Women are increasingly active on the labour market; the number rose from slightly under 3 million in 2001 to nearly 3.2 million in 2005. Only women who are working in paid jobs for at least twelve hours a week or are actively seeking a job for at least twelve hours a week are counted. In the period 2001-2005, the amount of women aged between 15 and 65 who were active on the labour market, rose from 55.9 to 58.7 percent.
Gross labour participation rate by gender
Fewer men active on the labour market
Men, on the other hand, have become less active on the labour market. Since 2001, the gross labour participation rate of men fell by 2 percentage points to 76.5 percent in 2005. The decrease was mainly recorded in the age male age group 15-45. The participation rate among male over-45s rose marginally. More than 4.2 million men were active on the labour market in 2005. Although men outnumber women on the labour market, the gap is closing.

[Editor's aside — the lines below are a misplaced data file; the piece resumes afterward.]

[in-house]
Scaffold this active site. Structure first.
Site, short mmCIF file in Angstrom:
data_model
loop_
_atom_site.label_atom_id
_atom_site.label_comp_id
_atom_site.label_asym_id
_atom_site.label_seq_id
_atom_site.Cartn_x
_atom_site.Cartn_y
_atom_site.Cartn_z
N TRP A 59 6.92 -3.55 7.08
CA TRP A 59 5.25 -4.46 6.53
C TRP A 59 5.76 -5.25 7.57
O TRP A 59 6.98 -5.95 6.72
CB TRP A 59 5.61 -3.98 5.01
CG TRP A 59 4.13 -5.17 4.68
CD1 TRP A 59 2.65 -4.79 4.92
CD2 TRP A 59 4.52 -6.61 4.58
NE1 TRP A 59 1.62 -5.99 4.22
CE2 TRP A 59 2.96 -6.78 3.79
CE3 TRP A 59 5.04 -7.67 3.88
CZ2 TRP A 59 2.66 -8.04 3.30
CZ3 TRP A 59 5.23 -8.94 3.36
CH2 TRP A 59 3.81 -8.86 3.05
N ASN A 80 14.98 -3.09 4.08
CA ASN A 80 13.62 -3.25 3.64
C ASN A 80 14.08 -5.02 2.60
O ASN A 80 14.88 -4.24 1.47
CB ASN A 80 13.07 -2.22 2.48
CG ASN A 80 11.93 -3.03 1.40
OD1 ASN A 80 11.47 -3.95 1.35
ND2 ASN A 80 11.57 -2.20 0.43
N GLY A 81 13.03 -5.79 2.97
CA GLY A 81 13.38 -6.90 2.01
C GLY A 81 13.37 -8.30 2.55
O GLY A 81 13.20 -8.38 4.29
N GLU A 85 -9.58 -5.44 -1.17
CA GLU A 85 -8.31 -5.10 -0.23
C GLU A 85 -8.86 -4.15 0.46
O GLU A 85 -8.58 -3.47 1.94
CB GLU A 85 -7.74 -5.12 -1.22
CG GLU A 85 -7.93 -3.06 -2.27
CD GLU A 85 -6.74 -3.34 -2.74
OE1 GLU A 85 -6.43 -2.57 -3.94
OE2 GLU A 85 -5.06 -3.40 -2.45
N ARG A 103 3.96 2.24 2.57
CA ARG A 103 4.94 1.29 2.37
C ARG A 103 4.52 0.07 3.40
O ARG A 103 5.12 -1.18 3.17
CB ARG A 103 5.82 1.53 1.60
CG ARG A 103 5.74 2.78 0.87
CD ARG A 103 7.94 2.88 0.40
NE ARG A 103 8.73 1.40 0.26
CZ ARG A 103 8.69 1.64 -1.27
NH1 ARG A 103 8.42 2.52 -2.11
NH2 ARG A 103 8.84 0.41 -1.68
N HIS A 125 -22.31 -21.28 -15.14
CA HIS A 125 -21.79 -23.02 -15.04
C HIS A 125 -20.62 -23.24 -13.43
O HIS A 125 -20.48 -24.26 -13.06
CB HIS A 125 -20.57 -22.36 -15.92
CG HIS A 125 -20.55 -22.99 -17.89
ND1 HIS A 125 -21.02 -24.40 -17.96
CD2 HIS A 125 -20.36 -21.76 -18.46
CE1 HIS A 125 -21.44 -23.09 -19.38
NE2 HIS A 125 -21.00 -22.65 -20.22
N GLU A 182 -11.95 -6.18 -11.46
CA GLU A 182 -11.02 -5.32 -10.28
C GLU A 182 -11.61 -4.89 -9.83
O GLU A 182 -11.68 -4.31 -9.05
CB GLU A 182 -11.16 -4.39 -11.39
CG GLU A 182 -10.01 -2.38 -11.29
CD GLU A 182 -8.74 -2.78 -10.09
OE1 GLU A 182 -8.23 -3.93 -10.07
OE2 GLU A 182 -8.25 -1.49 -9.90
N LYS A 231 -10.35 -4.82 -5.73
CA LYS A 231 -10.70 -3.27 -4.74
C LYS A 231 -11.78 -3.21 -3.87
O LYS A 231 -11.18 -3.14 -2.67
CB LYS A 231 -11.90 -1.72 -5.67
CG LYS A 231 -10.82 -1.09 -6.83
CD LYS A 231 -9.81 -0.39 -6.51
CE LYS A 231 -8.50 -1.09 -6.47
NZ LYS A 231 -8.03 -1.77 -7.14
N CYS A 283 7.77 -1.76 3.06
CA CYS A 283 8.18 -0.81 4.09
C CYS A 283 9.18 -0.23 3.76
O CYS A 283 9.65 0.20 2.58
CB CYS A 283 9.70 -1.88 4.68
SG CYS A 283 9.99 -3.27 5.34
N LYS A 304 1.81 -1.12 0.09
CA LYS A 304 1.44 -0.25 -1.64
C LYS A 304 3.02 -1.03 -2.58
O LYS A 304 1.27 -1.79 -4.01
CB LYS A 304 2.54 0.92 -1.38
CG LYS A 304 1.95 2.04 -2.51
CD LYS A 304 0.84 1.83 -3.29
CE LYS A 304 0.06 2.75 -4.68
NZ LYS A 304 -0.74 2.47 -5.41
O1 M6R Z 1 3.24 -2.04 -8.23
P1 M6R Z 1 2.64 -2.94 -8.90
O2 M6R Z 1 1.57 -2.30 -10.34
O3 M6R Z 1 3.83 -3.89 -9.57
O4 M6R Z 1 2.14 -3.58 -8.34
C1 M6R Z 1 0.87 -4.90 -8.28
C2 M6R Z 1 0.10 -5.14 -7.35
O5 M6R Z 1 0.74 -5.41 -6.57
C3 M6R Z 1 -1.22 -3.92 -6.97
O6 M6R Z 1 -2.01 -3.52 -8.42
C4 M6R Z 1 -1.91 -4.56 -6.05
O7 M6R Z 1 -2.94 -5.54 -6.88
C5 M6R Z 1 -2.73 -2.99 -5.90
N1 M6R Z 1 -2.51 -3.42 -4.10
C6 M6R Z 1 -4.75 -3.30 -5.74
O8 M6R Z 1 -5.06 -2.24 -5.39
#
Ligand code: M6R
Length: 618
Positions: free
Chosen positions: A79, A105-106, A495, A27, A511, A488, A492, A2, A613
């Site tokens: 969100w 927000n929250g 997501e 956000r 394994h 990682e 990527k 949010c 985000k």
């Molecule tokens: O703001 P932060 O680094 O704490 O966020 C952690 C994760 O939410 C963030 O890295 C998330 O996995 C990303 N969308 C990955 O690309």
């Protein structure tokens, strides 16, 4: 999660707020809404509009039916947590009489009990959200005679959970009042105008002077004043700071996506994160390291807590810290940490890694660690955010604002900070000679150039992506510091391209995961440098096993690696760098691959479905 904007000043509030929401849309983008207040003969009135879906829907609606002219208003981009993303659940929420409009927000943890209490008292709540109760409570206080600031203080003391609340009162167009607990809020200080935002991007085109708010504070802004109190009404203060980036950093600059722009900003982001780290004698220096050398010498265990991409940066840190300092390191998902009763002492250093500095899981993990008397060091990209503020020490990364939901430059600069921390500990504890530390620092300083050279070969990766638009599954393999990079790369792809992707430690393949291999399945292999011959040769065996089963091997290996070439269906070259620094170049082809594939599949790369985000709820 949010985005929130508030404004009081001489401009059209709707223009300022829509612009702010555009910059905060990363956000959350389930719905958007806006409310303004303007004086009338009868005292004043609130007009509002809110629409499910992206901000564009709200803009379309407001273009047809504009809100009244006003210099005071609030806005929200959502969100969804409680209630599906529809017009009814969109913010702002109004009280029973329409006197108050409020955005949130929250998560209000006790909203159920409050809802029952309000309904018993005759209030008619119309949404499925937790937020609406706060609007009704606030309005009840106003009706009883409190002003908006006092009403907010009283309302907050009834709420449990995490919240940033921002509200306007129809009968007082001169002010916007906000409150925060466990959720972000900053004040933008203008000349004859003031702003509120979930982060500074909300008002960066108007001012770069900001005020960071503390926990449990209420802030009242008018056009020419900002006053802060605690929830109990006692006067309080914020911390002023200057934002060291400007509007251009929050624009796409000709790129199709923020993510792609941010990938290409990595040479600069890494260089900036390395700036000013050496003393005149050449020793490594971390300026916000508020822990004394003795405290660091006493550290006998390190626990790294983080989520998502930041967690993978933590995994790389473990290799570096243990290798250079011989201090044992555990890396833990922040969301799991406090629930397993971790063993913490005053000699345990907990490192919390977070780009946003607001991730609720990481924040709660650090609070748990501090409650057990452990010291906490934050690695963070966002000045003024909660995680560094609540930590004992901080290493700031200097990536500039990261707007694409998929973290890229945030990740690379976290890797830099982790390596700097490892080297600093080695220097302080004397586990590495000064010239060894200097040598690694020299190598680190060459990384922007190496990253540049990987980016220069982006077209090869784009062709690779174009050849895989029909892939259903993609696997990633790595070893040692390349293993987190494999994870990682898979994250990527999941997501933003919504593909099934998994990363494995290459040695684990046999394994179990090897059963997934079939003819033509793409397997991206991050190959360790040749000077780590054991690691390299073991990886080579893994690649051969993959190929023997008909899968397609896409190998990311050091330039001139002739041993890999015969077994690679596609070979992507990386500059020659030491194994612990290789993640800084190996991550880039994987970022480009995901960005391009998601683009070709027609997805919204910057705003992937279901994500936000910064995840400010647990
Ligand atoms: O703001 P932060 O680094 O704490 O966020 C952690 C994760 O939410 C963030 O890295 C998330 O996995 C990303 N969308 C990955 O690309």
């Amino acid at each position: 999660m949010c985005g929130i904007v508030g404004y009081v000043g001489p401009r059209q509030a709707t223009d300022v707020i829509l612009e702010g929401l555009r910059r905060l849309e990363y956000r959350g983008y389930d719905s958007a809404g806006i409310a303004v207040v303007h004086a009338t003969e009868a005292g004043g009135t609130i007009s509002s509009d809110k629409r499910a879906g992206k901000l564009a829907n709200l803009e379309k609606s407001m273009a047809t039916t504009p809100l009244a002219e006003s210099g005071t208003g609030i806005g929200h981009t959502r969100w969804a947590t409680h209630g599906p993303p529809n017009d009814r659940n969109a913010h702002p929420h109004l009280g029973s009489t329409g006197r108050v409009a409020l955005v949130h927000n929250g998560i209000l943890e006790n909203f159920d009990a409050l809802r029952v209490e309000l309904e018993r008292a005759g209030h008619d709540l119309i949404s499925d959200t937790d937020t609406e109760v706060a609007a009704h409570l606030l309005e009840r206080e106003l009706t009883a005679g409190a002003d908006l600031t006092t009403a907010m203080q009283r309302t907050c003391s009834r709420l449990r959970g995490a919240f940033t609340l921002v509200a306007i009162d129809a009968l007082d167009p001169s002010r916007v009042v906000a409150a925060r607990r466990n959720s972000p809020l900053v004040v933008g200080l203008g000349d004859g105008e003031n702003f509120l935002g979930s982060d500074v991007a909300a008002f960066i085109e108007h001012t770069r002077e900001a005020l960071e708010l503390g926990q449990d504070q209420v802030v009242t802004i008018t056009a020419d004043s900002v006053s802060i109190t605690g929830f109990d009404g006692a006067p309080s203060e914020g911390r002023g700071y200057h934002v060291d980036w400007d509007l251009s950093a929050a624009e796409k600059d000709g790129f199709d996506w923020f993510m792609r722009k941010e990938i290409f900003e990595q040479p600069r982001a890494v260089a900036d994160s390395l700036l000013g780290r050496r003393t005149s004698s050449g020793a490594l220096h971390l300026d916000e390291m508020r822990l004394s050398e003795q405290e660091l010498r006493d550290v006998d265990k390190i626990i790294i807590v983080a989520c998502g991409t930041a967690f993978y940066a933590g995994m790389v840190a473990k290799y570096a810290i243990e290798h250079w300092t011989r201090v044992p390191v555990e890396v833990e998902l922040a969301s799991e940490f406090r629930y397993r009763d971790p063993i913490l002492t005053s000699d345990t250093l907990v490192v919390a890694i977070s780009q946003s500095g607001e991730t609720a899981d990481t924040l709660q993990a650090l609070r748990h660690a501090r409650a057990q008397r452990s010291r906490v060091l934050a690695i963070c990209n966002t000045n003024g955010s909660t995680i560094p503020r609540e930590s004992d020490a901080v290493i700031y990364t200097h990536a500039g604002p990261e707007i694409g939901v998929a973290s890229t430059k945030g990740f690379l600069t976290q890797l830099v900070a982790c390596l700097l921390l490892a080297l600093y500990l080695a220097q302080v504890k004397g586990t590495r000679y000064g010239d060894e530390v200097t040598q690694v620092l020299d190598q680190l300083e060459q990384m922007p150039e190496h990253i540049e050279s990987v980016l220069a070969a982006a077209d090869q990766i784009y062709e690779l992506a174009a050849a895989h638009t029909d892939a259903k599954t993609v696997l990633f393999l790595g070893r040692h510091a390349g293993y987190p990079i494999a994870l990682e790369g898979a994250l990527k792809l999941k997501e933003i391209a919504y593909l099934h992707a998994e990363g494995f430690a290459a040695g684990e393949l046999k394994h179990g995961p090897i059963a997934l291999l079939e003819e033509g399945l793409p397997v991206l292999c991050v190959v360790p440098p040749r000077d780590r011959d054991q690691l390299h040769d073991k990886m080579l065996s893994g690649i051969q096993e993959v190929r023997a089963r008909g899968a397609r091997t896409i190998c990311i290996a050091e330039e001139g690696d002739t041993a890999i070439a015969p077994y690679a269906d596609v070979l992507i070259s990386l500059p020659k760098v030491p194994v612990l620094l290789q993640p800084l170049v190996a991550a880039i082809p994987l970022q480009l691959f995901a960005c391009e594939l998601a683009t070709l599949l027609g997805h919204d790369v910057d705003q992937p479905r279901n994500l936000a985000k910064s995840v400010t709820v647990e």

Far more single mothers
Single mothers accounted for more than one quarter of the robust increase of women on the labour market, recorded between 2001 and 2004. In that period, the number of single mothers active on the labour market rose by 39 thousand to nearly 200 thousand. The gross labour participation rate of this group went up from 55.6 percent in 2001 to 62.8 percent in 2004.
Gross labour participation rate among single mothers
More women in health care, education and public administration
Employment among women grew in the period 2001-2005, particularly in the sectors health care, education and public administration. In health care, the number of jobs held by women increased by an average 143 thousand over the first three quarters of 2005 compared to 2001. In the sectors education and public administration, the number of jobs held by women increased by 28 thousand and 21 thousand respectively.
Jobs held by women
Diana Janjetovic and Alan Sebo